UNI using ‘multipronged approach’ to turn around enrollment drop
Classes started up again Monday at Iowa’s public universities, and at all three of them, enrollment has also been decreasing over the last few years.
While it’s too early in the school year for the official enrollment to be calculated, the University of Northern Iowa expects another decrease this year.
Last year, UNI’s enrollment was just over 11,000 students, the lowest since the 1980s, and it was a big drop from even eight years ago, when there were more than 13,000 students on campus.
Senior Jenny Krause said she can see — and hear — how many fewer students there are than when she started.
“When I just go up and down here, there’s not hardly anything, hardly any talking at all, like there used to be my freshman year,” she said. “There was talking everywhere, and now there’s hardly anything.”
Krause said in her experience, fewer students have led to fewer professors and more crowded classes.
“It is very frustrating,” she said. “Like when I go to make my schedule, sometimes there’s only two class sections, and I have to choose one. It’s for my graduation, so I just have to do it.”
Dropping enrollment is one of the biggest challenges the university currently faces, a point made by University President Mark Nook in his beginning-of-the-year address Monday.
“The number of students coming out of high schools has dropped between 2010 and today,” he said. “We’ve also seen a really hot economy, and as the economy gets hot, there are a good number of students who choose not to go into higher ed. They take a job.”
Nook said UNI is using a “multipronged approach” to turn the enrollment trend around.
That includes working to recruit more high school students who may not have seen themselves attending college.
“We need more of our students who are graduating from Iowa’s high schools, especially underserved students, to realize the opportunities that higher education presents to them throughout their lives,” he said.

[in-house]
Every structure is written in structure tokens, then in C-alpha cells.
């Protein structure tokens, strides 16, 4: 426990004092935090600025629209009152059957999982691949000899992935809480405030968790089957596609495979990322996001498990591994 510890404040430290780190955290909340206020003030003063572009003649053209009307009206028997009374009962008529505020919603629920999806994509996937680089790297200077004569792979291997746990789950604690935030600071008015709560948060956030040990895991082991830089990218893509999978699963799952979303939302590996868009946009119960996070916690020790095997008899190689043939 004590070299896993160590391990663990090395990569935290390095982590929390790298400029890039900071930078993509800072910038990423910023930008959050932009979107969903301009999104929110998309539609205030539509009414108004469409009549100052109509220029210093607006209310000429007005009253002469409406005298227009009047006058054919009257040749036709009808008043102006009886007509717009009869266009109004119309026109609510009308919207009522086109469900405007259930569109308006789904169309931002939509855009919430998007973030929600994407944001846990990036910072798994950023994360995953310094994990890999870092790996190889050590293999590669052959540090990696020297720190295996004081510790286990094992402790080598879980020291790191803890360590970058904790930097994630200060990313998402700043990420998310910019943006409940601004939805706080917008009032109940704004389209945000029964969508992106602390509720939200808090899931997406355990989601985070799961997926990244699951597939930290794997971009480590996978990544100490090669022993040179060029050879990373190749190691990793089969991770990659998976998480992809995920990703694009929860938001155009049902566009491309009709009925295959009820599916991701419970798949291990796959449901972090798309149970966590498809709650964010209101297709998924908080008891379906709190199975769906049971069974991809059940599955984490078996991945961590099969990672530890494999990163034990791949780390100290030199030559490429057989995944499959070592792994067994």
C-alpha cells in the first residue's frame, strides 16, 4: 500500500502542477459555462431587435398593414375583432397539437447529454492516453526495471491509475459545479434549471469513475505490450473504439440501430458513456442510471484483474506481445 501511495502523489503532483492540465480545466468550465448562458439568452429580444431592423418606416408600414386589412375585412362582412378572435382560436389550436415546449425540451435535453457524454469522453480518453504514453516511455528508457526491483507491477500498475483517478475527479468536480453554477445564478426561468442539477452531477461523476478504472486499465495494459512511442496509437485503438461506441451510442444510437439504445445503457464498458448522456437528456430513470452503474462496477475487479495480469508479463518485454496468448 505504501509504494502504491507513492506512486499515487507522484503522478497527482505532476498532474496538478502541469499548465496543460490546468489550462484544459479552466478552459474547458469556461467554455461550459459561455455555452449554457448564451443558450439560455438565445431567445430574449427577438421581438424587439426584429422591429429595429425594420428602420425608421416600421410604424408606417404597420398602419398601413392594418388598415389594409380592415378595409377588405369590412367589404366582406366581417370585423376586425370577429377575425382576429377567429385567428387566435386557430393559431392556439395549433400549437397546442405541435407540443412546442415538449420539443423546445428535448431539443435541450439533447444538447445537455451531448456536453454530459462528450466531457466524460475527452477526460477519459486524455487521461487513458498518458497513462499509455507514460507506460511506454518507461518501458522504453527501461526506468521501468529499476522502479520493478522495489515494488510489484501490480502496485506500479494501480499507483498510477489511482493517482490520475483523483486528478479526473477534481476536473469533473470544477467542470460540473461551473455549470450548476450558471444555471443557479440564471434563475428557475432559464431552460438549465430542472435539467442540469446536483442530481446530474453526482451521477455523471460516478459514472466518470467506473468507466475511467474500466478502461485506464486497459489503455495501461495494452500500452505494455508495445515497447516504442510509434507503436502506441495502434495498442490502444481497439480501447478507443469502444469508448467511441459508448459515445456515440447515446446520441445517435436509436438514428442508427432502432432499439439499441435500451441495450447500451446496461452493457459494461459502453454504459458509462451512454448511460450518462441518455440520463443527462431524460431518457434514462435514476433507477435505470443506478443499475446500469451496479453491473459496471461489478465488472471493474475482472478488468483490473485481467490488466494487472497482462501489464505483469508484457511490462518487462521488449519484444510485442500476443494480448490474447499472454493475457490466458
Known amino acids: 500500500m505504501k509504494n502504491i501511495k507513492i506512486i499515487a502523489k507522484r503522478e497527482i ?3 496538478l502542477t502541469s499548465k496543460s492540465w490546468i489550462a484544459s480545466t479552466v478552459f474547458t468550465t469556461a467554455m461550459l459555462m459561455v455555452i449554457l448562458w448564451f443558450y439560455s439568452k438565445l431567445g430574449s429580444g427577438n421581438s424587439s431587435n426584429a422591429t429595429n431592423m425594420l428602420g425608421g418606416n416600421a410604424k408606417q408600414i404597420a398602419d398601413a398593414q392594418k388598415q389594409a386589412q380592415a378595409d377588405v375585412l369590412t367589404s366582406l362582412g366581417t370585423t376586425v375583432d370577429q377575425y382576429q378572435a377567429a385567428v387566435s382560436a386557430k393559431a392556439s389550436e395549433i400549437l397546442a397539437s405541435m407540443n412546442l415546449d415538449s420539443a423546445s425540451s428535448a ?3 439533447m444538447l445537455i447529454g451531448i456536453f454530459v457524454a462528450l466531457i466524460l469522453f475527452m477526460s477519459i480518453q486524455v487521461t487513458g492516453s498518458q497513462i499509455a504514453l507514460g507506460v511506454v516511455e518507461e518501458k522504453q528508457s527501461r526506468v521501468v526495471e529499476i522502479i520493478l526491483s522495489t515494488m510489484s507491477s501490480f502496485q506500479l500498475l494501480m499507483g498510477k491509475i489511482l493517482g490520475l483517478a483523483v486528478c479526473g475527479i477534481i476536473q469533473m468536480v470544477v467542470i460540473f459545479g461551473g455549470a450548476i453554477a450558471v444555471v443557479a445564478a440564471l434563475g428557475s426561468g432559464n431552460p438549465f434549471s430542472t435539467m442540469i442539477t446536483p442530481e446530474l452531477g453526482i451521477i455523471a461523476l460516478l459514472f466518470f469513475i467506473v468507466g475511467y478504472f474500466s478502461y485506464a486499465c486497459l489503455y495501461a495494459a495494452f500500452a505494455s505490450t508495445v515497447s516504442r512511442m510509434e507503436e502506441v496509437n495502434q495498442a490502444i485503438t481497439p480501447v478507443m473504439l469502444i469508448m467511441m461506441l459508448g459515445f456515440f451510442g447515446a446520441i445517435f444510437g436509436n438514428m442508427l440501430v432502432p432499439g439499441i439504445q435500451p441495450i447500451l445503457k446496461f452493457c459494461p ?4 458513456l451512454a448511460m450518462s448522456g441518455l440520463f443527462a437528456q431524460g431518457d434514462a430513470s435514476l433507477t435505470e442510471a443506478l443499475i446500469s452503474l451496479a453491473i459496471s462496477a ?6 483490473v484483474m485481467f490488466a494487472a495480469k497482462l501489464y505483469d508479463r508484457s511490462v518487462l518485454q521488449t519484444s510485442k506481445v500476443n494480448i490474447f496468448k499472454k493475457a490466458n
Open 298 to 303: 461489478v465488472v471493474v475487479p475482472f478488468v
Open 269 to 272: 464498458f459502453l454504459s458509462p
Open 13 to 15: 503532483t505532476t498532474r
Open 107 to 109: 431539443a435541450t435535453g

Nook said UNI is developing grants to attract more students from neighboring states, especially Illinois, Wisconsin and Minnesota, and bring down out-of-state tuition costs.
However, about 90 percent of its student population is from Iowa, and he said he expects that percentage to remain that high.
“What we really want to do is grow our market share of the students coming from Iowa high schools to UNI,” Nook said.
To help with that, UNI’s tuition remained the same from last year to this year, while costs at the University of Iowa and Iowa State University increased.
That's a move Krause, an in-state student, said she appreciates, but she also believes UNI should recruit more in bigger cities, like her hometown of Des Moines.
“I think that’s all we can do at this point is just try and see if we can get our numbers back up because we need it,” she said.
When UNI released its fall 2018 enrollment numbers last year, the university also announced that its goal was to increase enrollment up to 13,500 students by 2023.
Nook said that enrollment number is still the goal, but he does not believe UNI will accomplish it in the next four years.